Turn the engine on its back. Spin the wheels to see that everything moves freely. Check for loose or damaged parts. If the locomotive is a postwar Lionel with Magne-Traction, make sure that no stray metallic objects are clinging to it.
If the drive mechanism is clogged with dust, rug fuzz, or cat hair, clean it out as best you can with WD-40 on a swab. Probe gently as far as you can see. Stay away from the mechanical sequence-reverse unit (also called an E-unit) if your locomotive has one. And avoid any green circuit boards.
This is essential for good electrical contact. Using your ScotchBrite pad, remove the dirt and oxidation from all locomotive wheel rims. Scour them even if they don’t appear to be dirty, but be careful with wheels that have rubber traction tires. You don’t have to clean the rubber tire. If you don’t have a ScotchBrite pad or something similar to clean the wheels, use a pencil eraser.
In the same way, clean the third-rail pickup shoes. Rub them until they shine. Whether sliders or rollers, these pickup shoes are spring loaded and should bounce back when depressed. If yours don’t, try to find the obstruction. Usually it is dirt.
Car wheels and couplers can best be cleaned by using cotton swabs sprayed with WD-40. If you find a layer of accumulated “gunk” stuck to the wheel rims, scrape it off with a knife or sharp screwdriver blade before applying the WD-40. Mop up with dry cotton swabs. Wheels are clean when the dry swabs no longer turn black.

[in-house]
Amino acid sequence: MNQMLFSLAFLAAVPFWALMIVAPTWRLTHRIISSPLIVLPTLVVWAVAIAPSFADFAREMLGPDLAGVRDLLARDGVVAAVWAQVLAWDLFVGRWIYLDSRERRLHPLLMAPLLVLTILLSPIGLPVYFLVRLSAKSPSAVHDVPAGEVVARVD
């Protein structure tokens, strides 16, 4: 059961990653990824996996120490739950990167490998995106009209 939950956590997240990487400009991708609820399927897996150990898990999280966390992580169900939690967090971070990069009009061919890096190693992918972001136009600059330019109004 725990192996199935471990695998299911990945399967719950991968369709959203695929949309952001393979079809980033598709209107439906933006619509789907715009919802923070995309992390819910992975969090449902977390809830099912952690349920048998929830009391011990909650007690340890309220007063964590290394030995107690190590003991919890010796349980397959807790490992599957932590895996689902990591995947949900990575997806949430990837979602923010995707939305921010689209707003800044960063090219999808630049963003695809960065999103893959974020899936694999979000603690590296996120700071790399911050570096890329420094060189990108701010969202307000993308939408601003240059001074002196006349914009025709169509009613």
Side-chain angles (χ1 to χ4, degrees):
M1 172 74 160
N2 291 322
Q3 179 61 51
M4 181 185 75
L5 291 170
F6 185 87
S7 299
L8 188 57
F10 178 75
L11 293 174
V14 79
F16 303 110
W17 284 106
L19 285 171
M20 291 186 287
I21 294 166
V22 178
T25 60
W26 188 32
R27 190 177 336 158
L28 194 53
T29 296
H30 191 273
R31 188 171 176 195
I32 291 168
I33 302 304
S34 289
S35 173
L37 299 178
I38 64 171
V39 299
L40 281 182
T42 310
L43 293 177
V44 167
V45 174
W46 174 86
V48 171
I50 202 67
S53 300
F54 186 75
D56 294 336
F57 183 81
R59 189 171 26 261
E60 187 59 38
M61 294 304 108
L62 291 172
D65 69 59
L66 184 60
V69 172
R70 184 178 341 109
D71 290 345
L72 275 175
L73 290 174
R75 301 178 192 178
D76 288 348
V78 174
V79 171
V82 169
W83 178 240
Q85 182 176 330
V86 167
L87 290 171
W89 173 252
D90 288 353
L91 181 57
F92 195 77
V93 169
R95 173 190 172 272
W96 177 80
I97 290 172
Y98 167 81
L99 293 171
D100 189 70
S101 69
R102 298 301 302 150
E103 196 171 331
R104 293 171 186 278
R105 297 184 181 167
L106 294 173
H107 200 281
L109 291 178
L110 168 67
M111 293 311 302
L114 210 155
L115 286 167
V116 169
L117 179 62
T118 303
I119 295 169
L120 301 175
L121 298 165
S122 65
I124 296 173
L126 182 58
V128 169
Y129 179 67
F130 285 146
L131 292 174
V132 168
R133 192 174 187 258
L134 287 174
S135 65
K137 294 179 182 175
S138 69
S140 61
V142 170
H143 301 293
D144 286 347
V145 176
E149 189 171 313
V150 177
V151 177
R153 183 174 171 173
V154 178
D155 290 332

Lubricate the train
Put just one drop of oil on each of the axle bearings and exposed gear shafts. Don’t overlook the truck pivots. If desired, the gears themselves may be lubricated with a thin application of white lithium grease or petroleum jelly.
On older Lionel and American Flyer locomotives with open-frame motors, lubricating the motor’s armature shaft is critical. One end of it can be found between the brush holders. The other end usually has a gear attached and is located on the opposite side of the mechanism. Use one drop of oil on each end. But be careful not to get any on the brushes or commutator face. Accidental runs or spills should be mopped up with a cotton swab at once.
Car wheels, especially those on prewar and postwar trains, should be lubricated in order to reduce friction. One drop of light household or machine oil, dispensed from the end of a toothpick, is all that’s required.
Test-run the train
This is the moment of truth. Put the engine on the tracks and turn on the power. After this kind of cleaning and lubrication, most locomotives in good condition will run, but a year or more of inactivity may leave them sluggish at first.
Be patient. It takes time for the lubricant to penetrate dry bearings. Internal parts, like the electrical contacts on the reverse unit, may need to be exercised a few times before they consistently perform as they should.
Put the locomotive through its paces. Let it warm up. Run it fast and slow, forward and backward, for 10 to 15 minutes.The unit’s performance should improve with use as the gremlins disappear and it gets up to speed.
When you’re satisfied that the engine is running smoothly, couple on the rest of the train, sit back, watch, and enjoy. You don’t have to wait until Christmas.
If your train needs more serious attention, there are hobby shops that repair trains located throughout the country. Consult the listings in back of CLASSIC TOY TRAINS magazine for one near you.